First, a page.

Mail delivery in 1836 was very different than it is today. After it won independence from Mexico, the Republic of Texas immediately created a Post Office Department and mail routes specifying routes and mode of transportation were contracted to the lowest bidder.After the mail was delivered to a post office folks had to pick it up themselves because home mail delivery didn’t begin until well into the 20th century. So people could use whatever post office was convenient to them. Nineteenth century newspapers regularly published a list of people who had mail waiting to be picked up.
The Nov. 4, 1837 Houston Telegraph and Texas Register describes Postal Route No 7 as “the route from Houston to Galveston Island, via Harrisburg, Lynchburg, and Spilman’s Island for a total distance of 60 miles.” The mail left Houston every Monday at 8 a.m. and returned to Houston every Sunday. Mail service was conducted by boat. It arrived at Galveston and steam boats would take it to Houston making stops along the way. Spilman’s Island was across the San Jacinto River from Hog Island so if you used this mail stop you would have to go by boat to get your mail.
The Cedar Bayou Post Office was established in 1847 with W. J. Mills as postmaster. It was located in Liberty County at W. J. Mills’ store near the ferry he operated on today’s Old Needlepoint Road in Chambers County, just south of Interstate 10. An old timer interviewed in 1896 remembered that after the Lynchburg office opened “N. N. John and I, each with a horse, went to Lynchburg and took the ferry on Cedar Bayou at Mills’, who lived on the east bank and reached West Liberty after dark.” In 1858 Chambers County was created from the southern part of Liberty County meaning the office was in Liberty County from 1847 to 1858 and in Chambers County from 1858 until it closed. This was the post office which served the entire area from the Trinity to the San Jacinto Rivers until the Lynchburg office with Mills as postmaster the entire time. With the beginning of the Civil War in 1861, US Post Offices in the Confederate States were discontinued, although they were still listed in official records without a postmaster until 1866.
The Lynchburgh Post Office was established in 1853 with H. Washington as postmaster. This office served all of Harris County east of Houston. The location near the ferry made mail transportation convenient since good roads were still in the future. The name was changed to Lynchburg when the town was established in 1855. The office went through a series of postmasters until it closed in 1861. It reopened after the war with A. P. Tompkins as postmaster. Mary Jones, the widow of Anson Jones, lived just north of today’s W. Main Street (see map) and a January 12, 1875 letter to her from Col. M. Woodward showed Lynchburg as her mailing address. The office permanently closed in 1927.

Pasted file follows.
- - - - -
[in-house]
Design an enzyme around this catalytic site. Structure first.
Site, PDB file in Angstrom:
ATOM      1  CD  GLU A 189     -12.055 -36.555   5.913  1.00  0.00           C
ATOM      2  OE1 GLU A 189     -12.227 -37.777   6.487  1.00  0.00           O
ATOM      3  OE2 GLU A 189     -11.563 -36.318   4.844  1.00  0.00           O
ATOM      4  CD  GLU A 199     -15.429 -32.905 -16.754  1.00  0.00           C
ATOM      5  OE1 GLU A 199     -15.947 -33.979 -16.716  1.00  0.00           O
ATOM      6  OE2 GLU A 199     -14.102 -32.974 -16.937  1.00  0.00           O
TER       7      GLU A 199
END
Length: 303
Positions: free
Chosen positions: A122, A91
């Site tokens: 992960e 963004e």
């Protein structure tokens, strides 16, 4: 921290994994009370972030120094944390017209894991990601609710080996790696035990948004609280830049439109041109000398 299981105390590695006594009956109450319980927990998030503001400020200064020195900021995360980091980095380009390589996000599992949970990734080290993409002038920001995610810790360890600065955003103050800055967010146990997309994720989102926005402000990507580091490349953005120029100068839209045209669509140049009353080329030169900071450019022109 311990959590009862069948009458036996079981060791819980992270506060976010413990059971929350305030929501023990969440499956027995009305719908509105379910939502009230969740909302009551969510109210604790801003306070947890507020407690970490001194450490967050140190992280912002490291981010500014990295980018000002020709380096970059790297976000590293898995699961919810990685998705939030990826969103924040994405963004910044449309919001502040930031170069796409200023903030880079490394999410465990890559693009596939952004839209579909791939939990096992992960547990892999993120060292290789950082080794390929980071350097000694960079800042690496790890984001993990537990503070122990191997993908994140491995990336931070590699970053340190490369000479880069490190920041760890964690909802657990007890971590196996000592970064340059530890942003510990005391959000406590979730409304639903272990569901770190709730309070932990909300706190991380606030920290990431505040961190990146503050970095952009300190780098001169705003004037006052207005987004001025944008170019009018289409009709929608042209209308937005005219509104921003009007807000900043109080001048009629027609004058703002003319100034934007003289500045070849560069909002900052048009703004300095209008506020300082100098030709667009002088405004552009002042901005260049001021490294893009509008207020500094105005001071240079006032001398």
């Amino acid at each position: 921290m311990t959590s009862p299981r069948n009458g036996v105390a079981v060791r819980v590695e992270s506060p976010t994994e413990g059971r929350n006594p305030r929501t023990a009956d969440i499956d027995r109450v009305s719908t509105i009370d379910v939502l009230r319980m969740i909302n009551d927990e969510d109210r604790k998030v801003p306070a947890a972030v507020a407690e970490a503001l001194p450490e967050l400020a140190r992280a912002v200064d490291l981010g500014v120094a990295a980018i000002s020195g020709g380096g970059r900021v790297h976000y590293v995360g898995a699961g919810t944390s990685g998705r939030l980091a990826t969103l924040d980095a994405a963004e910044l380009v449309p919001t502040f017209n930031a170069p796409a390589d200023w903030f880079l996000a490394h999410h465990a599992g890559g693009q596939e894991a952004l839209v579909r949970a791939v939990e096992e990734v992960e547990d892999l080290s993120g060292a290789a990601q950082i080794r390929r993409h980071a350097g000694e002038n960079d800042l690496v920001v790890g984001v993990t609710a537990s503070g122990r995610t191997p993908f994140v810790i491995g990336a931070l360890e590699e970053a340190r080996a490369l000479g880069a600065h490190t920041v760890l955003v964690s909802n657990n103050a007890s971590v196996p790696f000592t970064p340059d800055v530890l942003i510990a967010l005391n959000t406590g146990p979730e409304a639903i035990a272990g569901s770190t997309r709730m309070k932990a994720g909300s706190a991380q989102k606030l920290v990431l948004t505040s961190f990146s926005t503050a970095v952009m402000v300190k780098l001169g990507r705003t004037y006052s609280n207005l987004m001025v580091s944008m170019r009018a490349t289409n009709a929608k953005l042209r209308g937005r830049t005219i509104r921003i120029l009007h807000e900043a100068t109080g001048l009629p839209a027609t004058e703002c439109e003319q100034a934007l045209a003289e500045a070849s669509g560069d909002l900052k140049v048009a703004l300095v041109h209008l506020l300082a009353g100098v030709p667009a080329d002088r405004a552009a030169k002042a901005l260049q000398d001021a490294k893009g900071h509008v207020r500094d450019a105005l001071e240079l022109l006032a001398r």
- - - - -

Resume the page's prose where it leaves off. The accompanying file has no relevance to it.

The Baytown Post Office was established in 1859 with Simon Hagerman as postmaster of this short-lived office serving the area around Goose Creek. Mail was delivered by steam boat to Midway landing, located on the peninsula just south of the ExxonMobil docks and the post office was located at the dock, known at the time as Hagerman’s Landing. Mary Jones’ Nov 9, 1860 letter to her publisher used Baytown as her mailing address. This office closed in 1862 and never reopened.
After the Civil War, the Bayland Orphan Home was established on the west side of Goose Creek stream. The Bayland Post Office was established in 1869 with A. Gregory as postmaster. It was in service only a year. The 1870 census mentions other mail stops which were not US Post Offices; Midway Landing, Baytown, and Hog Island Landing.
The Cedar Bayou Post Office in Harris County was established in 1871 with C. F. Ilfrey as postmaster and was originally located at his store in the town of Shearn inside the bend in the road where Cedar Bayou Road becomes Ferry Road. The office served a large area, covering West Chambers County and much of East Harris County. Mary Jones’ Nov 19, 1871 letter to her son said “Your letter … had no doubt been at the Cedar Bayou Office for some time as I had no means of sending over there.” Katie Scoregga lived west of Goose Creek stream (see map) but her 1897 letter to the Houston Post also showed a Cedar Bayou address. Even Fred Pelly had a Cedar Bayou address. The office was moved to a frame building near the store in 1918 and in 1954 the building was moved and became a substation of the Baytown Post Office with Louise Himes serving as postmaster. It finally closed in 1974 when she retired. Sam Houston died in 1863; he never used this post office.
For 20 years, Wooster had a U.S. post office. Willard D. Crow became the first postmaster on March 29, 1894, followed by Steve Steinman in1895, and Junius Brown in 1896. Brown remained postmaster until the Wooster Post Office was discontinued on January 31, 1914. Today the safe that he used to keep stamps and other post office documents is on display at the Baytown Historic Preservation Association on North Main Street.
Baytown resident Chuck Chandler is retired from the Exxon Refinery and currently serves as Vice President of Baytown Historical Preservation Association. Contact him at email@example.com